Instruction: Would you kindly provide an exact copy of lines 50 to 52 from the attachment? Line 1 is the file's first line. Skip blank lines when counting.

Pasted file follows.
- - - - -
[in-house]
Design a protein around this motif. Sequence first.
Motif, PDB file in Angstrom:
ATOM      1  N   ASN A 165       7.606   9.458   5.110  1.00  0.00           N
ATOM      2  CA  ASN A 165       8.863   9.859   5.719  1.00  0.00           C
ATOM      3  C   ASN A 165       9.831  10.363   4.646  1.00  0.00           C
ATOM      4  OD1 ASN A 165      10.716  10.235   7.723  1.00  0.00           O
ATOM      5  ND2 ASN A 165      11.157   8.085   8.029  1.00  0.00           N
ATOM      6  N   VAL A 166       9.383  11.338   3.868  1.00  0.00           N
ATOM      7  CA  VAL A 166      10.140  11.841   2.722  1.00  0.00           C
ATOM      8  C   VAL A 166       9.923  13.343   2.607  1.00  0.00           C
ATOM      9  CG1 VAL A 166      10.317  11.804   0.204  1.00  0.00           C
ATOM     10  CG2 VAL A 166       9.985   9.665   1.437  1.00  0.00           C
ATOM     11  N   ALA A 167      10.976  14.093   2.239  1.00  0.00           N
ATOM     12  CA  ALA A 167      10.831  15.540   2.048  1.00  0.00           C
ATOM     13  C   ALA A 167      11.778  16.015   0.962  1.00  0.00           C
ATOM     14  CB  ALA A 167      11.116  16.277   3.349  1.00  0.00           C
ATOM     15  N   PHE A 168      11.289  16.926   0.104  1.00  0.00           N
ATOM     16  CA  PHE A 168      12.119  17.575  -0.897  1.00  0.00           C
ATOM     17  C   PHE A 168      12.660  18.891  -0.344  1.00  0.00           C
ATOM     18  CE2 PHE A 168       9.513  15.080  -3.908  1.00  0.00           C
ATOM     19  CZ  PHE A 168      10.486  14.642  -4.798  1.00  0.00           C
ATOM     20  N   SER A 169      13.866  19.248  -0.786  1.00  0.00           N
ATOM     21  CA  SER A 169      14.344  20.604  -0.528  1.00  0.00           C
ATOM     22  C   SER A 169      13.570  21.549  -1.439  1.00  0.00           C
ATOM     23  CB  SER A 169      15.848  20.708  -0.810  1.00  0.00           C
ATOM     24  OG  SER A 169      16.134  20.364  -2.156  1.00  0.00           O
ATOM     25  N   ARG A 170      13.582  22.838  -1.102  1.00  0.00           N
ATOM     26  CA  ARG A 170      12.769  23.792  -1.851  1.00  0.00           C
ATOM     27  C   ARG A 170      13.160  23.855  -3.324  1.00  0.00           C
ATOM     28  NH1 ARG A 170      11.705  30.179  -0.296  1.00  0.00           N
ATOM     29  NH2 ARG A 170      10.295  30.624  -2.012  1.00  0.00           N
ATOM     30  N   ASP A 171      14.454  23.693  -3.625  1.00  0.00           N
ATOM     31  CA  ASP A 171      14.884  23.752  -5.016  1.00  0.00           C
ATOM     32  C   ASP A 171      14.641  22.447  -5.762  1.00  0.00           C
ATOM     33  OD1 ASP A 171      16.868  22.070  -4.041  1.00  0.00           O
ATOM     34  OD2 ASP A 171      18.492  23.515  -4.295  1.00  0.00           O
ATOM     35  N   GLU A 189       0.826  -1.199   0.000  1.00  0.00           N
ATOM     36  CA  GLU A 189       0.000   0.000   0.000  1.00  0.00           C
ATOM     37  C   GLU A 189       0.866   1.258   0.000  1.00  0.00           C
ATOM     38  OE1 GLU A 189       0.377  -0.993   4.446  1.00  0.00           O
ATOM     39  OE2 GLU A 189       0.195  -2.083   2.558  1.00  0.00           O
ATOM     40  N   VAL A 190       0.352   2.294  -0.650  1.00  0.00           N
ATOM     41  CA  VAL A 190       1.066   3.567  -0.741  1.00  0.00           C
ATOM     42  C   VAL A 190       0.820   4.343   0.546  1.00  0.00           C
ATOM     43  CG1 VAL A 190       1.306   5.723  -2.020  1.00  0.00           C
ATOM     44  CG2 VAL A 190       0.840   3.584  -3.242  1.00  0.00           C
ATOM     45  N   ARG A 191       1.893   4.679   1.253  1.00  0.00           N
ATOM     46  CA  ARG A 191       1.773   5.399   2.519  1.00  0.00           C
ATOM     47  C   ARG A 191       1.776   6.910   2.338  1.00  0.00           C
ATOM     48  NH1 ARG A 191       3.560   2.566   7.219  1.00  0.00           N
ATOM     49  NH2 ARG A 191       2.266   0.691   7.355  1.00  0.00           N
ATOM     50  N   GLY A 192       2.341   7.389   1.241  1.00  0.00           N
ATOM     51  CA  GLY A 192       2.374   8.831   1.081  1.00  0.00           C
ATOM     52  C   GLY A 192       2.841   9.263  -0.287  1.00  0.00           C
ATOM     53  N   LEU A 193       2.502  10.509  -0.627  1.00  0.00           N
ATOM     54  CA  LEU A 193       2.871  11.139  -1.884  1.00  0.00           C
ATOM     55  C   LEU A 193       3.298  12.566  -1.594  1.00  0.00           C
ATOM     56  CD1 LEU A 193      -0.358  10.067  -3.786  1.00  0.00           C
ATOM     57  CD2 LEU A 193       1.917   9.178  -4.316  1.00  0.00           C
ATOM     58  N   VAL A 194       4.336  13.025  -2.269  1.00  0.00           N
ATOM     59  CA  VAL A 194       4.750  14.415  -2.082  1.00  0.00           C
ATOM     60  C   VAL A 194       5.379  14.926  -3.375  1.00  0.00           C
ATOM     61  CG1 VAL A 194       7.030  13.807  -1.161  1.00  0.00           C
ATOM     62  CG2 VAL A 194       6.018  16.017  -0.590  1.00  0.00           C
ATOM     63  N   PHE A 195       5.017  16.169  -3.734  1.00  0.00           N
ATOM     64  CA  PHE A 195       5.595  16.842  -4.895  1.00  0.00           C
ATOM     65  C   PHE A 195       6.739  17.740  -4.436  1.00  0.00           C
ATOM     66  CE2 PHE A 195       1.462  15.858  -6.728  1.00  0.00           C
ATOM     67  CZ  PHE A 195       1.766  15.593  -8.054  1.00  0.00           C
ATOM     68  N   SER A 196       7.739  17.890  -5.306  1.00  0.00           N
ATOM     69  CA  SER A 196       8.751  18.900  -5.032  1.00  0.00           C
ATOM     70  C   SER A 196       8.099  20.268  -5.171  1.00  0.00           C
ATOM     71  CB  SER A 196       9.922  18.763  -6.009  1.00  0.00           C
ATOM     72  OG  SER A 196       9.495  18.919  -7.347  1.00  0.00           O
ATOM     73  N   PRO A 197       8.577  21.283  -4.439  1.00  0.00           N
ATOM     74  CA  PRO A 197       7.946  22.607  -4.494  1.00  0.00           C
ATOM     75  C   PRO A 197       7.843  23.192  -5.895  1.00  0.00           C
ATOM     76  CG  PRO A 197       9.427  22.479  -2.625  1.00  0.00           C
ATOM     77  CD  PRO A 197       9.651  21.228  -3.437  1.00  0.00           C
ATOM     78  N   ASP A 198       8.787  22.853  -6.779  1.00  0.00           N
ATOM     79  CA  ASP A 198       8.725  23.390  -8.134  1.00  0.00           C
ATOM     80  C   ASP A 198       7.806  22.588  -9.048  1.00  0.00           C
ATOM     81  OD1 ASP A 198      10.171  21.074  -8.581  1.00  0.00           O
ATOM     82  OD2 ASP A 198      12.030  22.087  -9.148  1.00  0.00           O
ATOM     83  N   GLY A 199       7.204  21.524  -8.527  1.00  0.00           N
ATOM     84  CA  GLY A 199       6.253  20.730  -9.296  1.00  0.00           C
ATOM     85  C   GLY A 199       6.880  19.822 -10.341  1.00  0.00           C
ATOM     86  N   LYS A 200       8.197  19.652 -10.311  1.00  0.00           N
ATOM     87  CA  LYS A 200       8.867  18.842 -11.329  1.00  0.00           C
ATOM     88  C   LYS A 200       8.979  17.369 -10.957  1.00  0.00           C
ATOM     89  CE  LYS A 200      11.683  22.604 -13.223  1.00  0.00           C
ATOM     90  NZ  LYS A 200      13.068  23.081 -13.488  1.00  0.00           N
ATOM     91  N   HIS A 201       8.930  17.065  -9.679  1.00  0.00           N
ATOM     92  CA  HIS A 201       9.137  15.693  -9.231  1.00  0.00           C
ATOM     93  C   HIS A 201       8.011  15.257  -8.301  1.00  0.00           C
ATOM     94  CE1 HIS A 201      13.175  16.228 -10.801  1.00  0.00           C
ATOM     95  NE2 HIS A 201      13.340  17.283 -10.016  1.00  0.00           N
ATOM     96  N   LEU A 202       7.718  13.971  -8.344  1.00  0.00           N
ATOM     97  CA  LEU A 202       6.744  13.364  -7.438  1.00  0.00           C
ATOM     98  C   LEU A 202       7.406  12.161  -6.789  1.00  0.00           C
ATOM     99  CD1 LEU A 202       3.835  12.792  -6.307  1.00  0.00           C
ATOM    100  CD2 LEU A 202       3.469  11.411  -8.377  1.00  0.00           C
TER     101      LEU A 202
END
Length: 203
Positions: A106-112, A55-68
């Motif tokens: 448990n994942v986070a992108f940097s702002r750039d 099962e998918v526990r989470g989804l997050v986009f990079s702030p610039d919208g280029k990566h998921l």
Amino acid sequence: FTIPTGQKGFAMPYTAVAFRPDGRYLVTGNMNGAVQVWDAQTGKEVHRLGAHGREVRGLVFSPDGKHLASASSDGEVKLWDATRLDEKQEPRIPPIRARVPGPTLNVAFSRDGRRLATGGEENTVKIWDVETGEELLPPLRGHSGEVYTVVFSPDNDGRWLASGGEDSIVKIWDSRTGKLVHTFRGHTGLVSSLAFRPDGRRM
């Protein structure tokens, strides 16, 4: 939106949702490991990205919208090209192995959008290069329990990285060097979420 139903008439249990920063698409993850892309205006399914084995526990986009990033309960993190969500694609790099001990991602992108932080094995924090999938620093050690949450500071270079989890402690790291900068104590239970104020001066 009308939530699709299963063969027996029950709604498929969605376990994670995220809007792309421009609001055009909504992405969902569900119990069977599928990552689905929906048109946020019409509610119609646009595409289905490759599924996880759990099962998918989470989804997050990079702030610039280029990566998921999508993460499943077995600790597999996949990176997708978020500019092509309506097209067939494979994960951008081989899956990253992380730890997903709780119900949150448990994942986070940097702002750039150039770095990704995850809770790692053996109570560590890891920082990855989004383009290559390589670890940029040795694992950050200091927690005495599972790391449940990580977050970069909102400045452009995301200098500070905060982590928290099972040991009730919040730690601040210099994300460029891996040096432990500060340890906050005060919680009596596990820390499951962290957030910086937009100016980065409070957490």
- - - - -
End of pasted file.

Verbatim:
ATOM     47  C   ARG A 191       1.776   6.910   2.338  1.00  0.00           C
ATOM     48  NH1 ARG A 191       3.560   2.566   7.219  1.00  0.00           N
ATOM     49  NH2 ARG A 191       2.266   0.691   7.355  1.00  0.00           N